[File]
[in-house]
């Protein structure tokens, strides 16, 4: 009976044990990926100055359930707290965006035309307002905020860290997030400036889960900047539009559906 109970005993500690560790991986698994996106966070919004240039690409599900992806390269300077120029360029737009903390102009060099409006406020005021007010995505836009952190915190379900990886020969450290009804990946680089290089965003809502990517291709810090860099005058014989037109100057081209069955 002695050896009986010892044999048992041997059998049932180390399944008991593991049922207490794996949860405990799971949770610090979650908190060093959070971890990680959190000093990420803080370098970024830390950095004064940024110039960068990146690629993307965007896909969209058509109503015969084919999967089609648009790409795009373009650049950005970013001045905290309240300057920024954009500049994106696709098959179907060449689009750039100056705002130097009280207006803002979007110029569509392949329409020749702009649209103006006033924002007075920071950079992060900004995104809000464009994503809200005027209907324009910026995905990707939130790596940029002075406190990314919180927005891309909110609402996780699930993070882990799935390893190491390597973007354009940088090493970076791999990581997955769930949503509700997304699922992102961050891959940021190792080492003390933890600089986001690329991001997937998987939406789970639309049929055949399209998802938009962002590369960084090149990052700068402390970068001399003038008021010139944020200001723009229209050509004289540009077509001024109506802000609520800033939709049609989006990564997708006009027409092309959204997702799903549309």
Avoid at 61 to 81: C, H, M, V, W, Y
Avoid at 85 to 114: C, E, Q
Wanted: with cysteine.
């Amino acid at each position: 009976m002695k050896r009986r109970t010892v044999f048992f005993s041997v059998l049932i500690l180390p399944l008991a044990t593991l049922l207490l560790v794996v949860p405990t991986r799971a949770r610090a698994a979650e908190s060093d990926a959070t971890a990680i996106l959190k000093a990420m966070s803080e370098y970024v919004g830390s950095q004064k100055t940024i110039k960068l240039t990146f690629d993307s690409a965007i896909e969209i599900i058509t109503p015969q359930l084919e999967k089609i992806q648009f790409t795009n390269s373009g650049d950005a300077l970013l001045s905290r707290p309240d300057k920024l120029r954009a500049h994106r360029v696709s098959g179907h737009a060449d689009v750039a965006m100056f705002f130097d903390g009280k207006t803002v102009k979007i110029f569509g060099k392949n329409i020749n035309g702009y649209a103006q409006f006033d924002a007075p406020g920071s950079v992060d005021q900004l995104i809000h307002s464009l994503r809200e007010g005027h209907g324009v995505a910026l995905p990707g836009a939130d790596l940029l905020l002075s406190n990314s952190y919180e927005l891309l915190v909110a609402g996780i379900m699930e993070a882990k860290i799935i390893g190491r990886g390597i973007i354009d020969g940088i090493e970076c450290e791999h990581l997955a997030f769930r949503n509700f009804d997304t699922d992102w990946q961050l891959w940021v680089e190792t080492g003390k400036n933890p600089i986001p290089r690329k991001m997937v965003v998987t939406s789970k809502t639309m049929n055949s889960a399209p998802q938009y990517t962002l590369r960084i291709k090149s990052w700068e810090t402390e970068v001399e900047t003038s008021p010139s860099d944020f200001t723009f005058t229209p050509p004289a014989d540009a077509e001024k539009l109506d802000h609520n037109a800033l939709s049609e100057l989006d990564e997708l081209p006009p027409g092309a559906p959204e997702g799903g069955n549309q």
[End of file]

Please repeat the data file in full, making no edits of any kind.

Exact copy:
[in-house]
């Protein structure tokens, strides 16, 4: 009976044990990926100055359930707290965006035309307002905020860290997030400036889960900047539009559906 109970005993500690560790991986698994996106966070919004240039690409599900992806390269300077120029360029737009903390102009060099409006406020005021007010995505836009952190915190379900990886020969450290009804990946680089290089965003809502990517291709810090860099005058014989037109100057081209069955 002695050896009986010892044999048992041997059998049932180390399944008991593991049922207490794996949860405990799971949770610090979650908190060093959070971890990680959190000093990420803080370098970024830390950095004064940024110039960068990146690629993307965007896909969209058509109503015969084919999967089609648009790409795009373009650049950005970013001045905290309240300057920024954009500049994106696709098959179907060449689009750039100056705002130097009280207006803002979007110029569509392949329409020749702009649209103006006033924002007075920071950079992060900004995104809000464009994503809200005027209907324009910026995905990707939130790596940029002075406190990314919180927005891309909110609402996780699930993070882990799935390893190491390597973007354009940088090493970076791999990581997955769930949503509700997304699922992102961050891959940021190792080492003390933890600089986001690329991001997937998987939406789970639309049929055949399209998802938009962002590369960084090149990052700068402390970068001399003038008021010139944020200001723009229209050509004289540009077509001024109506802000609520800033939709049609989006990564997708006009027409092309959204997702799903549309």
Avoid at 61 to 81: C, H, M, V, W, Y
Avoid at 85 to 114: C, E, Q
Wanted: with cysteine.
């Amino acid at each position: 009976m002695k050896r009986r109970t010892v044999f048992f005993s041997v059998l049932i500690l180390p399944l008991a044990t593991l049922l207490l560790v794996v949860p405990t991986r799971a949770r610090a698994a979650e908190s060093d990926a959070t971890a990680i996106l959190k000093a990420m966070s803080e370098y970024v919004g830390s950095q004064k100055t940024i110039k960068l240039t990146f690629d993307s690409a965007i896909e969209i599900i058509t109503p015969q359930l084919e999967k089609i992806q648009f790409t795009n390269s373009g650049d950005a300077l970013l001045s905290r707290p309240d300057k920024l120029r954009a500049h994106r360029v696709s098959g179907h737009a060449d689009v750039a965006m100056f705002f130097d903390g009280k207006t803002v102009k979007i110029f569509g060099k392949n329409i020749n035309g702009y649209a103006q409006f006033d924002a007075p406020g920071s950079v992060d005021q900004l995104i809000h307002s464009l994503r809200e007010g005027h209907g324009v995505a910026l995905p990707g836009a939130d790596l940029l905020l002075s406190n990314s952190y919180e927005l891309l915190v909110a609402g996780i379900m699930e993070a882990k860290i799935i390893g190491r990886g390597i973007i354009d020969g940088i090493e970076c450290e791999h990581l997955a997030f769930r949503n509700f009804d997304t699922d992102w990946q961050l891959w940021v680089e190792t080492g003390k400036n933890p600089i986001p290089r690329k991001m997937v965003v998987t939406s789970k809502t639309m049929n055949s889960a399209p998802q938009y990517t962002l590369r960084i291709k090149s990052w700068e810090t402390e970068v001399e900047t003038s008021p010139s860099d944020f200001t723009f005058t229209p050509p004289a014989d540009a077509e001024k539009l109506d802000h609520n037109a800033l939709s049609e100057l989006d990564e997708l081209p006009p027409g092309a559906p959204e997702g799903g069955n549309q």